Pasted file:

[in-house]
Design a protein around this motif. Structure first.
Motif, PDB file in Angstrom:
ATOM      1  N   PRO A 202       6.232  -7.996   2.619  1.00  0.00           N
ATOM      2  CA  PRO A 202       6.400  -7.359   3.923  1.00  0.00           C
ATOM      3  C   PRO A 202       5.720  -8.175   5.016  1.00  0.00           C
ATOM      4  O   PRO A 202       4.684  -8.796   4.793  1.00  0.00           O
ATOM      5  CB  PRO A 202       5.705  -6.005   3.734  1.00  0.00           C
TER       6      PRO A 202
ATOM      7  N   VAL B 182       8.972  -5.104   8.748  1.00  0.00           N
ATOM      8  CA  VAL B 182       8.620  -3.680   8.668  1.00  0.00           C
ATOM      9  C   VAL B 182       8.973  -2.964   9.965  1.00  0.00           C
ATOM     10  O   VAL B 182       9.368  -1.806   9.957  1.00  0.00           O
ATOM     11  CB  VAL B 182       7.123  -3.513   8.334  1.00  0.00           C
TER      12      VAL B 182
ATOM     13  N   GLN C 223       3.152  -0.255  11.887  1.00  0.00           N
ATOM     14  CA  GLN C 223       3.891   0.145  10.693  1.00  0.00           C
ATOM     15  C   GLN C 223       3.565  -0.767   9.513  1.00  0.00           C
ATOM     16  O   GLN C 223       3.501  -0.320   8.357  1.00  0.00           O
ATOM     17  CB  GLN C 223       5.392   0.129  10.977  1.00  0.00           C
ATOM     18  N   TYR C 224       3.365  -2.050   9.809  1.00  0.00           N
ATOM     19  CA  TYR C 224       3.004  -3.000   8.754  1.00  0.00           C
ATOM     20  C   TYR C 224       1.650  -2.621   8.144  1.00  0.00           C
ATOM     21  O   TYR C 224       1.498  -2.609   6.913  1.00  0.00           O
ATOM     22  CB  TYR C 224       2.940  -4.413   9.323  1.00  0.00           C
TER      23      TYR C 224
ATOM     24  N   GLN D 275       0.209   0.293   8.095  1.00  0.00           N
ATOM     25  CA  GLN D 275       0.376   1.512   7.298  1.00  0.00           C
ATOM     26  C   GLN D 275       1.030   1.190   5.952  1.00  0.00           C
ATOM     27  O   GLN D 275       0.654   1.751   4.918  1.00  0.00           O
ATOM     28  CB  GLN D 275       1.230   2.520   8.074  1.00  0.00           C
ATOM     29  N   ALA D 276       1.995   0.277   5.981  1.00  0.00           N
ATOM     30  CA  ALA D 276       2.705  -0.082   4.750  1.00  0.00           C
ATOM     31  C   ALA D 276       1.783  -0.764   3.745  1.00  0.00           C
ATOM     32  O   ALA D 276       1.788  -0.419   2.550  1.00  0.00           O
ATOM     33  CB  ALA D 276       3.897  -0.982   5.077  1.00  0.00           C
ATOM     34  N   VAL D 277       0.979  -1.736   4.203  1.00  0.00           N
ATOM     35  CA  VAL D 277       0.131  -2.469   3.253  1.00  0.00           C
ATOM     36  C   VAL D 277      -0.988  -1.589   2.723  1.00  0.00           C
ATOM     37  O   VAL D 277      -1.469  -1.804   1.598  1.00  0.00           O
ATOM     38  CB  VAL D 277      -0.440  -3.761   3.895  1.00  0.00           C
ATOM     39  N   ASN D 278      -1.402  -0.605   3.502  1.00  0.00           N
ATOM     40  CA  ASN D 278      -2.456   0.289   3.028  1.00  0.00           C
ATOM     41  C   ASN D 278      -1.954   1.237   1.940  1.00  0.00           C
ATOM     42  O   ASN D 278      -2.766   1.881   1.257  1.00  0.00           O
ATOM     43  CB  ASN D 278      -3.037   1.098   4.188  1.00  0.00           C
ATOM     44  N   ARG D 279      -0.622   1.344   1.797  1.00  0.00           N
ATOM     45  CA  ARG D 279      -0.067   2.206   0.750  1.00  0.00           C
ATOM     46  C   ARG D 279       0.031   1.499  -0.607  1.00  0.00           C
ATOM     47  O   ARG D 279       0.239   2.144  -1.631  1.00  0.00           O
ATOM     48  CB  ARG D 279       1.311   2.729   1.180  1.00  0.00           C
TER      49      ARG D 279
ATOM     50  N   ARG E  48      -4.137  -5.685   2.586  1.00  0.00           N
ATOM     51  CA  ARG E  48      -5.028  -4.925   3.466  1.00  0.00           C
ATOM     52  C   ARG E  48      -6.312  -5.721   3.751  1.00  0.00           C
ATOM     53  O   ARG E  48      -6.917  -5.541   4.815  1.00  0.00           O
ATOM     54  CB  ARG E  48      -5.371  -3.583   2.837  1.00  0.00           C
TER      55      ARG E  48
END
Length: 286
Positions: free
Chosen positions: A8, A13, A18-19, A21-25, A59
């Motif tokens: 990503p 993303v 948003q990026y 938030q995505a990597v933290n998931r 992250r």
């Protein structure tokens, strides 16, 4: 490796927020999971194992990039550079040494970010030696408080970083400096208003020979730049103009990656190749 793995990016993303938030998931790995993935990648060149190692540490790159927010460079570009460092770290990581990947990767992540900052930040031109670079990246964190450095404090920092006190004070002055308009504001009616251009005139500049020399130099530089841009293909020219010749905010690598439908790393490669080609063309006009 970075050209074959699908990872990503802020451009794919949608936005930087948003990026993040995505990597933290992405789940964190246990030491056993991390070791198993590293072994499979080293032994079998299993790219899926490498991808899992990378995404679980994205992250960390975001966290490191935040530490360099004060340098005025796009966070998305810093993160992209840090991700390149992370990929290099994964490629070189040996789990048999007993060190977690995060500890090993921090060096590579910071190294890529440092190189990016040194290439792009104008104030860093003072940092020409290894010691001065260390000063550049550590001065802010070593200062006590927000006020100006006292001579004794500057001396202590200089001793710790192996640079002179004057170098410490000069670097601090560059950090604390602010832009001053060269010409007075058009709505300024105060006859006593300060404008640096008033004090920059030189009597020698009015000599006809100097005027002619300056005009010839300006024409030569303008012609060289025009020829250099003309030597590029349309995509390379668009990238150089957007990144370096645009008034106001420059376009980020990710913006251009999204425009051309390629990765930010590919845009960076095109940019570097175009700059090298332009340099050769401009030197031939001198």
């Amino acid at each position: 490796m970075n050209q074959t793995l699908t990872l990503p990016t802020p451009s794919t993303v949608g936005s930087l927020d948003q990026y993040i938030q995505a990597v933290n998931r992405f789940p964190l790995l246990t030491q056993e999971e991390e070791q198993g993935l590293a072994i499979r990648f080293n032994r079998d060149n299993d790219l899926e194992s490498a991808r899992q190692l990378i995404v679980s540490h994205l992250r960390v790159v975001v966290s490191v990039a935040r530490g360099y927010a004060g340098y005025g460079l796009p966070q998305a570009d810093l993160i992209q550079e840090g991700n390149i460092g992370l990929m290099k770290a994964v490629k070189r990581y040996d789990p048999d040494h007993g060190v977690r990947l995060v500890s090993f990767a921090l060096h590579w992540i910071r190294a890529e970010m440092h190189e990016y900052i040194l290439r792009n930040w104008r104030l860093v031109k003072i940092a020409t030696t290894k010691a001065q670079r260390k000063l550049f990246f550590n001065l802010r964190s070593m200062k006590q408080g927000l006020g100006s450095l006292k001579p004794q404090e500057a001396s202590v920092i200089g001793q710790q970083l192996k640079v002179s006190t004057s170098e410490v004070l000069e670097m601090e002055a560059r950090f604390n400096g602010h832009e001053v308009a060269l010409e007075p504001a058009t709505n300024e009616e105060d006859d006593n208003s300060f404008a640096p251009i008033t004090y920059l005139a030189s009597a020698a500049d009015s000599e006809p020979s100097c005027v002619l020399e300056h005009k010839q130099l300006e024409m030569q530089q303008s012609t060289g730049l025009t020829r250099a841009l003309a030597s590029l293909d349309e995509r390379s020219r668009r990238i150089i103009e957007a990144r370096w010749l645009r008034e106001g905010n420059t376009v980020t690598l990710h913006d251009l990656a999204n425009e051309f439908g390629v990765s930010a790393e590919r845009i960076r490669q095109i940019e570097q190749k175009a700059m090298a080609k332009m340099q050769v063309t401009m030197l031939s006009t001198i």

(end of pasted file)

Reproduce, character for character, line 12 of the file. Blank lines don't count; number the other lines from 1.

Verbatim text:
ATOM      9  C   VAL B 182       8.973  -2.964   9.965  1.00  0.00           C